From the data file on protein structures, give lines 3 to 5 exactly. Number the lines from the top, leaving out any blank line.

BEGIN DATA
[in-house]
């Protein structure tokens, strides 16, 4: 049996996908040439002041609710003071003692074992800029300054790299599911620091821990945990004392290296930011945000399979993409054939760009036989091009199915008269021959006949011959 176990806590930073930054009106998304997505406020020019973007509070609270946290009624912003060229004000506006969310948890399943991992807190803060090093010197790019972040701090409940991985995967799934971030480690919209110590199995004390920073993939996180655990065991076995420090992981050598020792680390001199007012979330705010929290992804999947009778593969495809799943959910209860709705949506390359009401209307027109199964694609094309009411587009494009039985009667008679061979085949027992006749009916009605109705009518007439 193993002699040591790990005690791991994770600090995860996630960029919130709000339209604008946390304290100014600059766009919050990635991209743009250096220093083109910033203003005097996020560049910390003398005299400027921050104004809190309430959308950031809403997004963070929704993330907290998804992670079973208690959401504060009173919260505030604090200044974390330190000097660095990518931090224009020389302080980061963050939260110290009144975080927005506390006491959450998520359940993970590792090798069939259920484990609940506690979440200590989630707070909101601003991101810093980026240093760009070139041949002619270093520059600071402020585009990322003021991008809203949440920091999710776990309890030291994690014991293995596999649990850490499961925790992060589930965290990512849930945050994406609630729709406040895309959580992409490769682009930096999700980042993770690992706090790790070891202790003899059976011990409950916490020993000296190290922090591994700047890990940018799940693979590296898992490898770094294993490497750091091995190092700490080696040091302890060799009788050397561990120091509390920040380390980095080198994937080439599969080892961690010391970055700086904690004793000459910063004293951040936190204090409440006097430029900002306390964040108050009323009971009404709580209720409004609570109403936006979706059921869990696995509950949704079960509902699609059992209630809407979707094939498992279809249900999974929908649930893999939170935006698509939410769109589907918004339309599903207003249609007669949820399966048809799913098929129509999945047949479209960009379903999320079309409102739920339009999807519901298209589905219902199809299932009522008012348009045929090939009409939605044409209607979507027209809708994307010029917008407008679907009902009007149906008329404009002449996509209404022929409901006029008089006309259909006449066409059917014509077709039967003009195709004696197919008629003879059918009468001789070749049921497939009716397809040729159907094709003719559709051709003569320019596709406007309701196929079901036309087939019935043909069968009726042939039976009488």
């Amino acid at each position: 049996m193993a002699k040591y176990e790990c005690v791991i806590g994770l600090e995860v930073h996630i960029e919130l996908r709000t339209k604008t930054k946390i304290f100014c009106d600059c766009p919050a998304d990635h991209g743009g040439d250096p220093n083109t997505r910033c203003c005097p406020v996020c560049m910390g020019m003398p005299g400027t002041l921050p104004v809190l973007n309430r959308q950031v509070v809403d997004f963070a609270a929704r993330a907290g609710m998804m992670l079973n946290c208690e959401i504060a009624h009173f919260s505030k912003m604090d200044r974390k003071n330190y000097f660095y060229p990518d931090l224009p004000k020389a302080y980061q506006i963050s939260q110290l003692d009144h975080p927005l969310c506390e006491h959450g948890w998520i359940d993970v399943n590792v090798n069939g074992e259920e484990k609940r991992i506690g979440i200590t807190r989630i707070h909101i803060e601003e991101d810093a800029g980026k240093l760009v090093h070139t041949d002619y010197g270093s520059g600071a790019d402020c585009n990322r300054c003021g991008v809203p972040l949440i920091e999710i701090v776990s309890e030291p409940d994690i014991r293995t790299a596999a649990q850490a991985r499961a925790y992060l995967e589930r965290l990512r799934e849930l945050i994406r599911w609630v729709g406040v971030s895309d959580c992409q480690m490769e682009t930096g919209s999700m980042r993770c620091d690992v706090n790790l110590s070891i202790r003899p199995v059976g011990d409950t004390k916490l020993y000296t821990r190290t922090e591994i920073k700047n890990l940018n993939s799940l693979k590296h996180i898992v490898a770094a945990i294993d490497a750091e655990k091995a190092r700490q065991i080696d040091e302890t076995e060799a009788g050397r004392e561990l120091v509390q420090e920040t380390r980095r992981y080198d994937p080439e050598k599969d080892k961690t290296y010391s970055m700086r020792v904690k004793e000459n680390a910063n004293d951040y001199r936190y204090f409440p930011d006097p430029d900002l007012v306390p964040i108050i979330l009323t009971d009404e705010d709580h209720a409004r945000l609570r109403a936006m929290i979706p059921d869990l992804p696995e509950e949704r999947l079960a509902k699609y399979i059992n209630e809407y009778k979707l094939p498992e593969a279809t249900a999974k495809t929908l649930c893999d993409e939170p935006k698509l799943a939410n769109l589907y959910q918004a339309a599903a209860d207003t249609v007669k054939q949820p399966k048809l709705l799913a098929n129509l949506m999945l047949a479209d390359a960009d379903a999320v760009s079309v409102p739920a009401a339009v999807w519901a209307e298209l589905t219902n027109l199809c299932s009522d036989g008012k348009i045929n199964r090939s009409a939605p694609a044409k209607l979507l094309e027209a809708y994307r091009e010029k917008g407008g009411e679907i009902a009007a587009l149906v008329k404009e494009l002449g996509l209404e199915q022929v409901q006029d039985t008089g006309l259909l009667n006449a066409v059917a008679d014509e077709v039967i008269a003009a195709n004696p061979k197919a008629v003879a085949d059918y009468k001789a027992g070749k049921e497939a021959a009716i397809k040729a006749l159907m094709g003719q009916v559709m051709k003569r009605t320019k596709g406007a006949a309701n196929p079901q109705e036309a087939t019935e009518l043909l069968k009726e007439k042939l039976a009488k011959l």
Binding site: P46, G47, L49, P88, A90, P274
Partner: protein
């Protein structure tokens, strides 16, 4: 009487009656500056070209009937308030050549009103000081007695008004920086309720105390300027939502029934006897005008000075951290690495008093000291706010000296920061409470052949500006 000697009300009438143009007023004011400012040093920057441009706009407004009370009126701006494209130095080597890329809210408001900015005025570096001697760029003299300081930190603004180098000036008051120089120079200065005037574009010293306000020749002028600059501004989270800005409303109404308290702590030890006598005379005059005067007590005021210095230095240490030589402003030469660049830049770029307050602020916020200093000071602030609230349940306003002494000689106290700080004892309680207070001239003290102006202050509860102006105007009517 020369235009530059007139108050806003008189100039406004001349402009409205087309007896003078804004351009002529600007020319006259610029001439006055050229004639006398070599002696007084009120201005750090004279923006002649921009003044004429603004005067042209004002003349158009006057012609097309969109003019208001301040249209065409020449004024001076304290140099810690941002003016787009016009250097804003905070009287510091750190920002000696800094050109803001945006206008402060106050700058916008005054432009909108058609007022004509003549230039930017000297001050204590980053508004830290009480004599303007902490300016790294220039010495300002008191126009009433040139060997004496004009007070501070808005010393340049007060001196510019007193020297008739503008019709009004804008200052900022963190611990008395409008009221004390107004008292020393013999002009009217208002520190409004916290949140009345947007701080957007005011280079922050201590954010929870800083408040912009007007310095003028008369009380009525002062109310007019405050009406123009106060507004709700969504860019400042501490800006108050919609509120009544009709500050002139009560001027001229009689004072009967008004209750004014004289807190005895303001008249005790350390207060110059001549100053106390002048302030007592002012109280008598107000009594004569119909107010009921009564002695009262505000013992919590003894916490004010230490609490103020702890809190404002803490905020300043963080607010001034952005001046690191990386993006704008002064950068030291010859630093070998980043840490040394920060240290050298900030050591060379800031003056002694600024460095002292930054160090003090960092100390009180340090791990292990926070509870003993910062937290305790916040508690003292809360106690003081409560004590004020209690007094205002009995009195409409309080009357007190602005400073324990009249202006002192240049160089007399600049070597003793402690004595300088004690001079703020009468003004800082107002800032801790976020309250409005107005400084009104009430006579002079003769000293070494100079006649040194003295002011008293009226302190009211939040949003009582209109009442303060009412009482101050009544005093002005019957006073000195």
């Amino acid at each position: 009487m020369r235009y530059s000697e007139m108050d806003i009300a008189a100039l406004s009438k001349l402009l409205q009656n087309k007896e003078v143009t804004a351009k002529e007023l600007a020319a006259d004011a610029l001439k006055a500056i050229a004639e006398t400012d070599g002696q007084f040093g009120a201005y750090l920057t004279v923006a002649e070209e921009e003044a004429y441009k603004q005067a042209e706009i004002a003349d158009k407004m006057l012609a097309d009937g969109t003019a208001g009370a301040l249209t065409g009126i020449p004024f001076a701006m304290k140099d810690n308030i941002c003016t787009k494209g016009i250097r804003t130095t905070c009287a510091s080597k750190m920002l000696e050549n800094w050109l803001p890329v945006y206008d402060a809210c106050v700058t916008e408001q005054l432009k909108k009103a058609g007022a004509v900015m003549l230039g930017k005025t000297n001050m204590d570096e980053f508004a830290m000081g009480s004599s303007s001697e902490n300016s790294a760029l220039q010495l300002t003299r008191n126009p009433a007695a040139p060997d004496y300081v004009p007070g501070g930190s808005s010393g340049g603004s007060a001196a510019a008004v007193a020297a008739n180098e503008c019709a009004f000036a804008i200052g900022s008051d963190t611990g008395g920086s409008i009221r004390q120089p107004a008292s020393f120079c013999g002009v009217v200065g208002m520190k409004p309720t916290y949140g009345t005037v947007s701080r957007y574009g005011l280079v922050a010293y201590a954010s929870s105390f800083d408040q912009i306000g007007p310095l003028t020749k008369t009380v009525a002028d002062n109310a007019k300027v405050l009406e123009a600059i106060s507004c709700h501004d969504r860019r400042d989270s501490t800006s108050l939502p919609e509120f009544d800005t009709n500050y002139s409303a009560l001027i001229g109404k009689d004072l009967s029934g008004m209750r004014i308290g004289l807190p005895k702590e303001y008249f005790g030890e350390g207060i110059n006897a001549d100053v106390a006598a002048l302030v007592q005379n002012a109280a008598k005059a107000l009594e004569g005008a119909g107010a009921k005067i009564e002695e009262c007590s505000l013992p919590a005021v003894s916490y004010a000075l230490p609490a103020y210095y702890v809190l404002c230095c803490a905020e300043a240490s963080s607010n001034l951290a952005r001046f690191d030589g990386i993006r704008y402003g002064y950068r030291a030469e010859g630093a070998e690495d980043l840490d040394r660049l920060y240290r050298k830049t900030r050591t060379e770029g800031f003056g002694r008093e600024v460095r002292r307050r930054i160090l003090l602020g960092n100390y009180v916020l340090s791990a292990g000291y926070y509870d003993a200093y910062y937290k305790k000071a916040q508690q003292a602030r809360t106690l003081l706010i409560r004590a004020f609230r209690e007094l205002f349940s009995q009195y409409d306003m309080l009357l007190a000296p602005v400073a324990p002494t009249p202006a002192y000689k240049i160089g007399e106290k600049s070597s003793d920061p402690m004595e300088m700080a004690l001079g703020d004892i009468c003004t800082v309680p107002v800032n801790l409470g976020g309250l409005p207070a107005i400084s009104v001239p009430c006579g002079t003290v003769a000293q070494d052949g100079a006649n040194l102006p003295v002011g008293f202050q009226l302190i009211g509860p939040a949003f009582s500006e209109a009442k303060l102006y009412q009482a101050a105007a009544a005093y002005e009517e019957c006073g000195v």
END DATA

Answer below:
């Amino acid at each position: 049996m193993a002699k040591y176990e790990c005690v791991i806590g994770l600090e995860v930073h996630i960029e919130l996908r709000t339209k604008t930054k946390i304290f100014c009106d600059c766009p919050a998304d990635h991209g743009g040439d250096p220093n083109t997505r910033c203003c005097p406020v996020c560049m910390g020019m003398p005299g400027t002041l921050p104004v809190l973007n309430r959308q950031v509070v809403d997004f963070a609270a929704r993330a907290g609710m998804m992670l079973n946290c208690e959401i504060a009624h009173f919260s505030k912003m604090d200044r974390k003071n330190y000097f660095y060229p990518d931090l224009p004000k020389a302080y980061q506006i963050s939260q110290l003692d009144h975080p927005l969310c506390e006491h959450g948890w998520i359940d993970v399943n590792v090798n069939g074992e259920e484990k609940r991992i506690g979440i200590t807190r989630i707070h909101i803060e601003e991101d810093a800029g980026k240093l760009v090093h070139t041949d002619y010197g270093s520059g600071a790019d402020c585009n990322r300054c003021g991008v809203p972040l949440i920091e999710i701090v776990s309890e030291p409940d994690i014991r293995t790299a596999a649990q850490a991985r499961a925790y992060l995967e589930r965290l990512r799934e849930l945050i994406r599911w609630v729709g406040v971030s895309d959580c992409q480690m490769e682009t930096g919209s999700m980042r993770c620091d690992v706090n790790l110590s070891i202790r003899p199995v059976g011990d409950t004390k916490l020993y000296t821990r190290t922090e591994i920073k700047n890990l940018n993939s799940l693979k590296h996180i898992v490898a770094a945990i294993d490497a750091e655990k091995a190092r700490q065991i080696d040091e302890t076995e060799a009788g050397r004392e561990l120091v509390q420090e920040t380390r980095r992981y080198d994937p080439e050598k599969d080892k961690t290296y010391s970055m700086r020792v904690k004793e000459n680390a910063n004293d951040y001199r936190y204090f409440p930011d006097p430029d900002l007012v306390p964040i108050i979330l009323t009971d009404e705010d709580h209720a409004r945000l609570r109403a936006m929290i979706p059921d869990l992804p696995e509950e949704r999947l079960a509902k699609y399979i059992n209630e809407y009778k979707l094939p498992e593969a279809t249900a999974k495809t929908l649930c893999d993409e939170p935006k698509l799943a939410n769109l589907y959910q918004a339309a599903a209860d207003t249609v007669k054939q949820p399966k048809l709705l799913a098929n129509l949506m999945l047949a479209d390359a960009d379903a999320v760009s079309v409102p739920a009401a339009v999807w519901a209307e298209l589905t219902n027109l199809c299932s009522d036989g008012k348009i045929n199964r090939s009409a939605p694609a044409k209607l979507l094309e027209a809708y994307r091009e010029k917008g407008g009411e679907i009902a009007a587009l149906v008329k404009e494009l002449g996509l209404e199915q022929v409901q006029d039985t008089g006309l259909l009667n006449a066409v059917a008679d014509e077709v039967i008269a003009a195709n004696p061979k197919a008629v003879a085949d059918y009468k001789a027992g070749k049921e497939a021959a009716i397809k040729a006749l159907m094709g003719q009916v559709m051709k003569r009605t320019k596709g406007a006949a309701n196929p079901q109705e036309a087939t019935e009518l043909l069968k009726e007439k042939l039976a009488k011959l």
Binding site: P46, G47, L49, P88, A90, P274
Partner: protein